Because previous studies have been equivocal, the current study compared V[O.sub.2]max between seated and standing cycle ergometry protocols in male (n=14) and female (n=22) volunteers of average cardiovascular fitness. All subjects completed maximal exertion seated (SIT) and standing (STD) cycle ergometry GXT protocols at 60 rev/min (rpm), with resistance increased by 30 Watts/min. SIT required individuals to remain seated for the duration of the test until achieving volitional exhaustion. For STD, subjects performed seated cycling until they felt it was necessary to stand to continue the GXT. Subjects were then required to stand and perform "standing cycling" (resistance increased 30 Watts/min) to volitional exhaustion. V[O.sub.2]max (ml/kg/min), peak HR (b/min), peak RER, and peak [V.sub.E] (L/min) were compared between SIT and STD using MANOVA. Results were considered significant at p [less than or equal to] 0.05. V[O.sub.2][max.sub.STD] (37.9 [+ or -] 8.0) was significantly greater than V[O.sub.2][max.sub.SIT] (36.8 [+ or -] 6.6), while [HR.sub.STD] (190 [+ or -] 9.5) was significantly greater than [HR.sub.SIT] (187 [+ or -] 9.6). V[O.sub.2][max.sub.STD] was, on average 2.0% greater than V[O.sub.2][max.sub.SIT], with a range of -16.9 to +17.4%, while [HR.sub.STD] was, on average 1.2% greater than [HR.sub.SIT], with values ranging from -5.6 to +7.4%. [VE.sub.STD] (86.0 [+ or -] 31.6) was not significantly different than [VE.sub.SIT] (82.6 [+ or -] 26.8), while [RER.sub.STD] (1.21 [+ or -] 0.096) was significantly lower than [RER.sub.SIT] (1.23 [+ or -] 0.065). Results suggest that the utilization of a standing protocol should be considered when cycle ergometry is the selected testing mode. Future research should seek to determine the characteristics of subjects who do/do not benefit from a standing cycle ergometry protocol.
Key Words: Aerobic Capacity, V[O.sub.2]max, Maximal Oxygen Consumption, Cycle Ergometry
Maximum oxygen consumption (V[O.sub.2]max) represents the highest rate at which oxygen can be consumed and utilized to produce energy sustaining aerobic activity. V[O.sub.2]max is regarded as the gold standard for assessing aerobic fitness. It is acknowledged as a substantial backbone for prescribing appropriate exercise and training intensities. Therefore, accurate determination of V[O.sub.2]max is vital.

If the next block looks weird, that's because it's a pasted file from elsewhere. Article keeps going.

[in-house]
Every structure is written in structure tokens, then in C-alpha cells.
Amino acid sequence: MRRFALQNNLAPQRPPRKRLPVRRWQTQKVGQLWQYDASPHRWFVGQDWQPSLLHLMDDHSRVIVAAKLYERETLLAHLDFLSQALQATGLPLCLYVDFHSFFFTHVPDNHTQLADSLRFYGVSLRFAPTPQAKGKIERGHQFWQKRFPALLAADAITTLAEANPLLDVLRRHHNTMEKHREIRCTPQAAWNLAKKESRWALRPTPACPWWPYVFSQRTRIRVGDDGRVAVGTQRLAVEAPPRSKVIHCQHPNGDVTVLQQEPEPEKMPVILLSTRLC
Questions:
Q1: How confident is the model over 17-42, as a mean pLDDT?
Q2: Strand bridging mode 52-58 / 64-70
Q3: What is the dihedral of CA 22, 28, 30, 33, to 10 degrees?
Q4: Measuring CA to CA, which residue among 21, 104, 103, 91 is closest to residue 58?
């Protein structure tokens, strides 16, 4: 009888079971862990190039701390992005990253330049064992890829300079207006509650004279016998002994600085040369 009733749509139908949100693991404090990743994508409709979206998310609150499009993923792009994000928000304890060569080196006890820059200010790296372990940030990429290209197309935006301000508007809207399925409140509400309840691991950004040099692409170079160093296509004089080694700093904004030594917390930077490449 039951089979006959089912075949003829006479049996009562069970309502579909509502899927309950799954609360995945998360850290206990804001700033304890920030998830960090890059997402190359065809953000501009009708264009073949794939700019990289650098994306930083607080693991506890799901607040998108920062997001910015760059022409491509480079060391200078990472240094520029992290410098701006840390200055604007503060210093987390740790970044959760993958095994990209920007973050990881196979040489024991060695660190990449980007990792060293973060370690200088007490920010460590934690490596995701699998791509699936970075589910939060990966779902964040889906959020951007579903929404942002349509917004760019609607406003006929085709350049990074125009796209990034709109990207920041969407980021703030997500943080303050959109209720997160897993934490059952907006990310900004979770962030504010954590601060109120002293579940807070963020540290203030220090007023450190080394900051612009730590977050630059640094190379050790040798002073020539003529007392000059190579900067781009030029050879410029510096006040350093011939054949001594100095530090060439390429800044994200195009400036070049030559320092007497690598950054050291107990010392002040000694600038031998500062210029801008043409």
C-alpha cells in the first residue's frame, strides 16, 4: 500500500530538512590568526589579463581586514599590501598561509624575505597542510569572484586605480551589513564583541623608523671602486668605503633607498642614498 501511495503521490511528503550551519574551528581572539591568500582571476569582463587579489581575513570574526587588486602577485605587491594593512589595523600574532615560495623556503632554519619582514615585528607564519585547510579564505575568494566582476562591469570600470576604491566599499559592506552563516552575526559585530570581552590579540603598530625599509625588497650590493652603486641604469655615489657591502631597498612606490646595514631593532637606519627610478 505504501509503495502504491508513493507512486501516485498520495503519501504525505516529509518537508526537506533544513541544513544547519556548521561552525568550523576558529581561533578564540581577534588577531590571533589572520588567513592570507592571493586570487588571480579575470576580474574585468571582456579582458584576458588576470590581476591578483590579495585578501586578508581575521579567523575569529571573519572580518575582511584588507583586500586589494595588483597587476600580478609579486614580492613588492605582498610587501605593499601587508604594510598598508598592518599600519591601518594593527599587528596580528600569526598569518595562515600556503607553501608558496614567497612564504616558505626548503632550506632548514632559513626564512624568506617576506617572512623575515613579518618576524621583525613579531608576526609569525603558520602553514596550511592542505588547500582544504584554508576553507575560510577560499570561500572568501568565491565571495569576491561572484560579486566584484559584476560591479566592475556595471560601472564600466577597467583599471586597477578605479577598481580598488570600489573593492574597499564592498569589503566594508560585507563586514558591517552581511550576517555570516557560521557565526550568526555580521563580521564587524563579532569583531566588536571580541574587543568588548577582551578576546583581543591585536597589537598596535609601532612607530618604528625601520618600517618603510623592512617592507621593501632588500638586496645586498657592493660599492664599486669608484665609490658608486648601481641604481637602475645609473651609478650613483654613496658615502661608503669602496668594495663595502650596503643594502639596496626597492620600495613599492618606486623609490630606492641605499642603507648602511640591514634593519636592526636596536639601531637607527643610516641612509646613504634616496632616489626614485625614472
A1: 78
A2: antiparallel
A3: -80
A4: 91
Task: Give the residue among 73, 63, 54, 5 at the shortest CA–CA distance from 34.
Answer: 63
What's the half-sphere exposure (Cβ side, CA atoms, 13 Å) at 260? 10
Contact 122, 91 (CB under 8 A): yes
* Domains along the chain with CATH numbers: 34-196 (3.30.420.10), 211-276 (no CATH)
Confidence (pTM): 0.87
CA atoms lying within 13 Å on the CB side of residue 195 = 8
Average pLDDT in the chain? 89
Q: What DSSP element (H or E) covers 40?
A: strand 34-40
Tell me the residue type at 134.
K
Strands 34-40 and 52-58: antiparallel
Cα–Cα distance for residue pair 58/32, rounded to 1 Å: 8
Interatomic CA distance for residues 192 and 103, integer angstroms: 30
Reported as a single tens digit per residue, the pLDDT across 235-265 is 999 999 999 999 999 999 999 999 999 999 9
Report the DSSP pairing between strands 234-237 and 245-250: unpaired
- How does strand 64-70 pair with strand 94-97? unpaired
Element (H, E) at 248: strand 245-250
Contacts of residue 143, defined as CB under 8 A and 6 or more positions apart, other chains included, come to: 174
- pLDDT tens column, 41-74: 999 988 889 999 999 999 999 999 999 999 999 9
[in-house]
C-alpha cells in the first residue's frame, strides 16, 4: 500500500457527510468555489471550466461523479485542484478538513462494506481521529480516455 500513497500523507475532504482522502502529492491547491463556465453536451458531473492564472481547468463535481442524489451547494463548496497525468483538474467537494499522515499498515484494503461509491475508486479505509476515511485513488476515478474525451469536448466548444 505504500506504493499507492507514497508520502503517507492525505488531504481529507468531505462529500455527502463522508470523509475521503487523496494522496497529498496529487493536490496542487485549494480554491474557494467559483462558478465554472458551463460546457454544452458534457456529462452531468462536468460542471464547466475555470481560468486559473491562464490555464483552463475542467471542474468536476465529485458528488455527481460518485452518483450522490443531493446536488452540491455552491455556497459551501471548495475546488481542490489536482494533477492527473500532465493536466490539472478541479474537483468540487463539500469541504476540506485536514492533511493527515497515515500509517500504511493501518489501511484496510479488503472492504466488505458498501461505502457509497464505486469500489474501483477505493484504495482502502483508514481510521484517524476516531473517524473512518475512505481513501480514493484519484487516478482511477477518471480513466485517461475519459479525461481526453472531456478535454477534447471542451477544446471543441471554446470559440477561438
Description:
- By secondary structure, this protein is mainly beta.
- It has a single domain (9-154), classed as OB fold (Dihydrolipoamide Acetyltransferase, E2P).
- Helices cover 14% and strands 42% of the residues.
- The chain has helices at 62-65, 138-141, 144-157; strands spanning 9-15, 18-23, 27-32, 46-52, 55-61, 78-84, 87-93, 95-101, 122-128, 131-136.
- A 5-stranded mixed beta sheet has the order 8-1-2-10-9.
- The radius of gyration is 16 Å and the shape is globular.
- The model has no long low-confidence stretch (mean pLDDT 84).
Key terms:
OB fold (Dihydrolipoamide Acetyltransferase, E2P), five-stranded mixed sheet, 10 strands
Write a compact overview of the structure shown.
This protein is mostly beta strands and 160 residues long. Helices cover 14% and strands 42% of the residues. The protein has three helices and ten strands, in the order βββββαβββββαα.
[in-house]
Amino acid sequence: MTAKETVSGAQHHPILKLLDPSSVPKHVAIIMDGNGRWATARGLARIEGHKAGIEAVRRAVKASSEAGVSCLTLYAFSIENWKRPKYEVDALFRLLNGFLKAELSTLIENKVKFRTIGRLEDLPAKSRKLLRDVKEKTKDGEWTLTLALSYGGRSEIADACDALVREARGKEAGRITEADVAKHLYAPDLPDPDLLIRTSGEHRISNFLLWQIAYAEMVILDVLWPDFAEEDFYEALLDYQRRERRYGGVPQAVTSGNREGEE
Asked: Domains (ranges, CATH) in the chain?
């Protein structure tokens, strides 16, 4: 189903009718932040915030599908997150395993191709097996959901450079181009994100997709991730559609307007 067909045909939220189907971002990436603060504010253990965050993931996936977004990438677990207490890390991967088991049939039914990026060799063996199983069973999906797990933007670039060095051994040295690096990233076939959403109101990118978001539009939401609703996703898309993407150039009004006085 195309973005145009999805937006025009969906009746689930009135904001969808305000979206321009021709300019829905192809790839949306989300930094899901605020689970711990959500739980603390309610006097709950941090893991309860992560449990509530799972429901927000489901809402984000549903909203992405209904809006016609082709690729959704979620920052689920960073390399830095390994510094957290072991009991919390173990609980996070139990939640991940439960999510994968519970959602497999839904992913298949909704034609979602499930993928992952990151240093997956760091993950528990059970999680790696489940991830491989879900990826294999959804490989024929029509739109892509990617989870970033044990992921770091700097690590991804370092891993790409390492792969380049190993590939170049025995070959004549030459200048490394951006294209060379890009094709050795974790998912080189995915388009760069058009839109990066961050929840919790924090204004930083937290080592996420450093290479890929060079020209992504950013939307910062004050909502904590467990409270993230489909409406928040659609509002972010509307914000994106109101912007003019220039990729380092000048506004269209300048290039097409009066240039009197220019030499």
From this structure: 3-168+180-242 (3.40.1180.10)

Throughout history, V[O.sub.2]max has been assessed during numerous exercise modes such as treadmill, rowing, and cycle ergometry. Different modes and protocols have been compared to determine which protocol and/or mode permits the highest V[O.sub.2]max (Beasley, Fernhall, and Plowman, 1989; Coast, Cox, and Welch, 1986; Faria, Dix, and Frazer, 1978; Lavoie, Mahoney, and Marmelic, 1978; McArdle, Katch, and Katch, 2006; Mckay and Banister, 1976; Moffat and Sparling, 1985; Pivarnik, Mountain, Graves, and Pollock, 1988; Ricci and Leger, 1983; and Welbergen and Clijsen, 1990). Compared to seated cycle ergometry, treadmill exercise usually permits a higher V[O.sub.2]max due to the activation of more muscle mass and less pronounced leg fatigue. One of the more common V[O.sub.2]max tests implemented in exercise physiology labs is the Bruce treadmill protocol (Beasley et al., 1989; Fernhall and Kohrt, 1990; Kelly et al., 1980; Lavoie et al., 1978; Marsh and Martin, 1993; Moffat and Sparling, 1985; Ryschon and Stray-Gunderson, 1991; Verstappen, Huppertz, and Snoeckx, 1982; and Welbergen and Clijsen,...
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